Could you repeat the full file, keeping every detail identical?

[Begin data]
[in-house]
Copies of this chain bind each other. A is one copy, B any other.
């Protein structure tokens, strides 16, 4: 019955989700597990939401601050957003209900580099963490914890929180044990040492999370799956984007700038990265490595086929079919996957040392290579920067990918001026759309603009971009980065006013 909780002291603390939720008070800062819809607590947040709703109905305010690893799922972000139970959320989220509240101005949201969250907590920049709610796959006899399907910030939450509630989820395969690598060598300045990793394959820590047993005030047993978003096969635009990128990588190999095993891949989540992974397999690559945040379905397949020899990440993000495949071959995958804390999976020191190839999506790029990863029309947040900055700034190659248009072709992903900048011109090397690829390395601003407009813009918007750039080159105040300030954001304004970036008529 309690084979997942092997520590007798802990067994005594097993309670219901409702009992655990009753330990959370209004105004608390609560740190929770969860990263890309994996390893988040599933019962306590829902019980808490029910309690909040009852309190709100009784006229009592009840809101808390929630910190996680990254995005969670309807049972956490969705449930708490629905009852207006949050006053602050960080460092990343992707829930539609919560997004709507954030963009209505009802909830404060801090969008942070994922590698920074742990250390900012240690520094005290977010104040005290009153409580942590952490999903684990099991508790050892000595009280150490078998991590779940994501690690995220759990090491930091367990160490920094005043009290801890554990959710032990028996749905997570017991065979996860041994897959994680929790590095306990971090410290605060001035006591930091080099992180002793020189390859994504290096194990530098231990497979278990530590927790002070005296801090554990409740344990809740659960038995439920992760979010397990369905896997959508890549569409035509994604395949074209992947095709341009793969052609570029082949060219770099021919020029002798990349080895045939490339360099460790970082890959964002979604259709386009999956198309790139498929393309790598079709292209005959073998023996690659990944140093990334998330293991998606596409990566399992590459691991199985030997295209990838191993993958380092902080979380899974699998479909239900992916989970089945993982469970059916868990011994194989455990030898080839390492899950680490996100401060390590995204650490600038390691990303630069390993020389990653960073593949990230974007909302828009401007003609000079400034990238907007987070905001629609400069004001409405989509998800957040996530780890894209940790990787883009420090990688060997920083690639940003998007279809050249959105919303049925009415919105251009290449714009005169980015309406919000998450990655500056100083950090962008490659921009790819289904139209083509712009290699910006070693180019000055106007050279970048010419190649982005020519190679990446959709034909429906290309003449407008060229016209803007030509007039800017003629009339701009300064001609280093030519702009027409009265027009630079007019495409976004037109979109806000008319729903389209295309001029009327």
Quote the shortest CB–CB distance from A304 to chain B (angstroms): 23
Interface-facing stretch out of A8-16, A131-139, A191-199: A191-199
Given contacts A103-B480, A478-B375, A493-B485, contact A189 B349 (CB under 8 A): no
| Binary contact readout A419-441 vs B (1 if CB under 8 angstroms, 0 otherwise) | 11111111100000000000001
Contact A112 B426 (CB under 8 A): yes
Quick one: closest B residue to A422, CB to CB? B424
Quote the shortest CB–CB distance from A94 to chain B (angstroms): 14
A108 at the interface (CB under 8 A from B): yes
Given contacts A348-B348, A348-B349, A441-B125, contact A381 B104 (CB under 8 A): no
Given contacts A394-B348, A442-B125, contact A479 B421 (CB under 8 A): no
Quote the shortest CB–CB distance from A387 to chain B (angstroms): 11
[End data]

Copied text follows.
[in-house]
Copies of this chain bind each other. A is one copy, B any other.
């Protein structure tokens, strides 16, 4: 019955989700597990939401601050957003209900580099963490914890929180044990040492999370799956984007700038990265490595086929079919996957040392290579920067990918001026759309603009971009980065006013 909780002291603390939720008070800062819809607590947040709703109905305010690893799922972000139970959320989220509240101005949201969250907590920049709610796959006899399907910030939450509630989820395969690598060598300045990793394959820590047993005030047993978003096969635009990128990588190999095993891949989540992974397999690559945040379905397949020899990440993000495949071959995958804390999976020191190839999506790029990863029309947040900055700034190659248009072709992903900048011109090397690829390395601003407009813009918007750039080159105040300030954001304004970036008529 309690084979997942092997520590007798802990067994005594097993309670219901409702009992655990009753330990959370209004105004608390609560740190929770969860990263890309994996390893988040599933019962306590829902019980808490029910309690909040009852309190709100009784006229009592009840809101808390929630910190996680990254995005969670309807049972956490969705449930708490629905009852207006949050006053602050960080460092990343992707829930539609919560997004709507954030963009209505009802909830404060801090969008942070994922590698920074742990250390900012240690520094005290977010104040005290009153409580942590952490999903684990099991508790050892000595009280150490078998991590779940994501690690995220759990090491930091367990160490920094005043009290801890554990959710032990028996749905997570017991065979996860041994897959994680929790590095306990971090410290605060001035006591930091080099992180002793020189390859994504290096194990530098231990497979278990530590927790002070005296801090554990409740344990809740659960038995439920992760979010397990369905896997959508890549569409035509994604395949074209992947095709341009793969052609570029082949060219770099021919020029002798990349080895045939490339360099460790970082890959964002979604259709386009999956198309790139498929393309790598079709292209005959073998023996690659990944140093990334998330293991998606596409990566399992590459691991199985030997295209990838191993993958380092902080979380899974699998479909239900992916989970089945993982469970059916868990011994194989455990030898080839390492899950680490996100401060390590995204650490600038390691990303630069390993020389990653960073593949990230974007909302828009401007003609000079400034990238907007987070905001629609400069004001409405989509998800957040996530780890894209940790990787883009420090990688060997920083690639940003998007279809050249959105919303049925009415919105251009290449714009005169980015309406919000998450990655500056100083950090962008490659921009790819289904139209083509712009290699910006070693180019000055106007050279970048010419190649982005020519190679990446959709034909429906290309003449407008060229016209803007030509007039800017003629009339701009300064001609280093030519702009027409009265027009630079007019495409976004037109979109806000008319729903389209295309001029009327």
Quote the shortest CB–CB distance from A304 to chain B (angstroms): 23
Interface-facing stretch out of A8-16, A131-139, A191-199: A191-199
Given contacts A103-B480, A478-B375, A493-B485, contact A189 B349 (CB under 8 A): no
| Binary contact readout A419-441 vs B (1 if CB under 8 angstroms, 0 otherwise) | 11111111100000000000001
Contact A112 B426 (CB under 8 A): yes
Quick one: closest B residue to A422, CB to CB? B424
Quote the shortest CB–CB distance from A94 to chain B (angstroms): 14
A108 at the interface (CB under 8 A from B): yes
Given contacts A348-B348, A348-B349, A441-B125, contact A381 B104 (CB under 8 A): no
Given contacts A394-B348, A442-B125, contact A479 B421 (CB under 8 A): no
Quote the shortest CB–CB distance from A387 to chain B (angstroms): 11